There’s been a lot of buzz about the new Iraqi Educational Initiative, as well there should be. The sheer number of expected students—50,000 over a five-year period—would capture anyone’s imagination. But coming from a nation that has been so marginalized for such a long period of time, the initiative can’t help but make one stop and think about what an impact this could have.
As one of the couple dozen U.S. educators who travelled to Baghdad and Sulaymania in January 2009 to begin creating the ties necessary to implement the Iraqi Educational Initiative, I often find myself in the center of a flurry of personal and professional questions about the program. Weren't you nervous about going to Iraq? Have you had trouble at your university working around the special academic and language needs of these students? Is this really worth the effort?
In the notes I made within a few hours of leaving Iraq, I had written:
Naturally I thought about security and safety on this trip. But from the moment we arrived in Baghdad to the time we boarded the plane in Sulaymania, the Iraqi government—and, when appropriate, the U.S. embassy—took care of us. I could tell that they tried their best to keep us safe while allowing us reasonable freedom of movement. We all felt treated like dignitaries, and thus realized that our visibility required that our safety be guarded. I never felt in danger; indeed, as someone said, even in the most negative situations, it was like being in the bad area of a major American city.
In particular, I recall the experience of when a small group of us left the area of the Al Rashid Hotel to do a bit of sightseeing, in particular going to a memorial on the conflict with Iran. We had strayed off the normal route and suddenly two Iraqi soldiers approached us. Even with their limited English (and our non-existent Arabic), it was soon obvious that they were honored that these Americans had moved outside of their comfort zone to see a site that had such an important meaning. They gave us a tour of the memorial and posed with us for photos, and then made sure we knew the correct (and safer) way to return to our hotel.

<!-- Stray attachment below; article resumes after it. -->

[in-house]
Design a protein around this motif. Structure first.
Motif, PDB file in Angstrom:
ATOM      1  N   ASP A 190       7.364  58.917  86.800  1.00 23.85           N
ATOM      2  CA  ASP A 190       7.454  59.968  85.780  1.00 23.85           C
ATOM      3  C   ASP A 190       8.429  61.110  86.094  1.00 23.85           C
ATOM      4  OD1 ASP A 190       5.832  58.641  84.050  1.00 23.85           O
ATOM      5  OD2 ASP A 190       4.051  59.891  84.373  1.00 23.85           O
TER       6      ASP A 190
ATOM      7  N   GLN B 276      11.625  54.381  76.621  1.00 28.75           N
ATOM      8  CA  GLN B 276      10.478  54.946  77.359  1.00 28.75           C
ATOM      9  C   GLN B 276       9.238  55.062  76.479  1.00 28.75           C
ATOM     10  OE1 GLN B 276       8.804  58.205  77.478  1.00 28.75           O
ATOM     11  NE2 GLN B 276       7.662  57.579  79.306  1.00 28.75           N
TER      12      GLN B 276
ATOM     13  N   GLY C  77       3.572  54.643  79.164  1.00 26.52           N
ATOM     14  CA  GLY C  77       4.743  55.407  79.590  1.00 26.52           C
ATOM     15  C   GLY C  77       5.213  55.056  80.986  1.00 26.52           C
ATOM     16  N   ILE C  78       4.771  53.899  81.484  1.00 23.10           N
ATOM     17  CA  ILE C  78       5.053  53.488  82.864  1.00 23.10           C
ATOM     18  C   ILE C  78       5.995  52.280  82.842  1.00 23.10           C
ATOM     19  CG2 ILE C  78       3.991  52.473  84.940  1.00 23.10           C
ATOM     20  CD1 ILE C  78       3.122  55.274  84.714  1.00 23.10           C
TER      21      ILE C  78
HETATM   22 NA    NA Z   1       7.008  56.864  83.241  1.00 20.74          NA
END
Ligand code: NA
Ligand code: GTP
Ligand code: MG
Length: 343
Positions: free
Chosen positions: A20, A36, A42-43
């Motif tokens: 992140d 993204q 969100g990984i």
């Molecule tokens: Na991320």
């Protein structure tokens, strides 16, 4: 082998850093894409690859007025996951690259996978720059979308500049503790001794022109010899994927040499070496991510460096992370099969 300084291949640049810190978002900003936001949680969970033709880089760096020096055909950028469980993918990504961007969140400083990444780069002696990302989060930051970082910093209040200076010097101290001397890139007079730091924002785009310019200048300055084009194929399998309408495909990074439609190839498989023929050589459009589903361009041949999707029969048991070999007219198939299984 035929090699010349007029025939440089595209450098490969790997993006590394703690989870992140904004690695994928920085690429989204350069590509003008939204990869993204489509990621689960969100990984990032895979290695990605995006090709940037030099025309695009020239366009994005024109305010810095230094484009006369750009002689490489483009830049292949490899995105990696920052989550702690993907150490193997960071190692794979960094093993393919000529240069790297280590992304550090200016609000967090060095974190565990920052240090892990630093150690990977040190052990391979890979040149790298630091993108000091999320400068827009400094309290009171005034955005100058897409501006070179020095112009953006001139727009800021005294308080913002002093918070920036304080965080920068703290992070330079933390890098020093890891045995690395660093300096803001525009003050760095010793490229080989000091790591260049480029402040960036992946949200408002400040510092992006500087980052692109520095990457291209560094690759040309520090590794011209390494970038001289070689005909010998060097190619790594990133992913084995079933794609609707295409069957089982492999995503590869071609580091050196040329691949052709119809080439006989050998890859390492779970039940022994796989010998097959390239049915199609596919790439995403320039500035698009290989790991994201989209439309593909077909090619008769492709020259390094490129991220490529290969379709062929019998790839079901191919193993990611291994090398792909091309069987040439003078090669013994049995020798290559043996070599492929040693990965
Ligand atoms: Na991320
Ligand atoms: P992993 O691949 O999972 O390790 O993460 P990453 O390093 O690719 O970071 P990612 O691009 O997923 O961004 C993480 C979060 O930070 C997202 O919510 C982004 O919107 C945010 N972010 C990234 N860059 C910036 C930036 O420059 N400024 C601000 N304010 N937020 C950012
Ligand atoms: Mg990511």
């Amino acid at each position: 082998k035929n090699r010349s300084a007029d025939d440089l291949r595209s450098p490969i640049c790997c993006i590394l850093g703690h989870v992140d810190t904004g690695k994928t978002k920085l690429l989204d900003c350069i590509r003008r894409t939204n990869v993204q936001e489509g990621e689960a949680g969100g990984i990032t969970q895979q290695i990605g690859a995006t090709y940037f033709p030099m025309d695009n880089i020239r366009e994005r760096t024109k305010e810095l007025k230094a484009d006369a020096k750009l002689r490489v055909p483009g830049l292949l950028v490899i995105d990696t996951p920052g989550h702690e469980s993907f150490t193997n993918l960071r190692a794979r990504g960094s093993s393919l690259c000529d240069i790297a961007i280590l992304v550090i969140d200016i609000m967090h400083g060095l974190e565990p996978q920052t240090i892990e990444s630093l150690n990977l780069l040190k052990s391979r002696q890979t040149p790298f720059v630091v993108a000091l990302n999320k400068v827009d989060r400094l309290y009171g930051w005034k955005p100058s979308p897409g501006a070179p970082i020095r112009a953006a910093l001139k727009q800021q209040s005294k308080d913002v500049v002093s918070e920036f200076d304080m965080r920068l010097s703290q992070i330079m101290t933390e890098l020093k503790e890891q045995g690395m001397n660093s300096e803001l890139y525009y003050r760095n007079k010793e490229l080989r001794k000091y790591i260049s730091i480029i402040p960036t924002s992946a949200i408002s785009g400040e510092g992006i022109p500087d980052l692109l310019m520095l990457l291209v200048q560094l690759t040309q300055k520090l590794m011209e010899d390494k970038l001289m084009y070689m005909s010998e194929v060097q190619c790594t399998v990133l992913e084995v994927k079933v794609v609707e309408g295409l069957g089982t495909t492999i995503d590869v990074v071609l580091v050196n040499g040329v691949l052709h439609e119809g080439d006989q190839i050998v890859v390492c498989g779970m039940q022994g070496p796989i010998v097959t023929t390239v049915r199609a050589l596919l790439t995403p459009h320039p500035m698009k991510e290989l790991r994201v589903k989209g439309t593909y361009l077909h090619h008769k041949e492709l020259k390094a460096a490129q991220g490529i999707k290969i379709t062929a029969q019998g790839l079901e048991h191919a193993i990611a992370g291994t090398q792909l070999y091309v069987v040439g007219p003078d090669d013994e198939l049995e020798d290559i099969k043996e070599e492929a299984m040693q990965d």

It has also been heartening to see that the standards for this program—proclaimed by Prime Minister Al-Maliki himself—have been largely maintained. It would have been easy to do a quick selection of students to get started, but what I find reflects the consistent commitment I heard from the Iraqi government: this scholarship program will be open, nonpolitical, will reflect the diversity of the Iraqi populace and most importantly, will be based upon valid academic qualifications. A challenge anywhere, but imagine trying to meet these expectations in a country that still has inconsistent communications and pockets of instability. But by adhering to these principals, the University of Iowa now has a group of students (including several women) coming from all parts of Iraq that will study majors across our curriculum. The quality of applicants has encouraged our academic programs to work around the special needs of the students—indeed, we have faculty who are asking for more! The high standards of the Iraq Education Initiative convinced the University of Iowa to step up and take a leading role as a partner in this project, one which will inevitably help our state and institution with connections to this vital part of the world, and one that is demonstrating that we can think and act creatively in the area of internationalization.
A year and a half later, when asked “was it worth it?” and “would I go back?” my response is “yes, and at a moment’s notice.” This initiative has such potential to stabilize Iraq that it is worth the extra time and bit of discomfort on my part. We were called “pioneers” by many and I honestly feel that way. I think I speak for all my colleagues when I say that we are excited about the Iraqi Educational Initiative and feel that we are changing the world and making it a bit better.
For 30 years I have said that international education is a route towards peace; I’ve never believed this so much as I have since my involvement in this program. We often talk in international education about how what we do can change the world, but rarely do we have the opportunity to see it first-hand. The Iraqi Education Initiative can bring Iraq out of years of isolation and make it truly a full member of the global community—what more can someone committed to international exchange ask for?
Scott E. King is the director of the Office of International Students & Scholars at the University of Iowa and a member of NAFSA: Association of International Educators.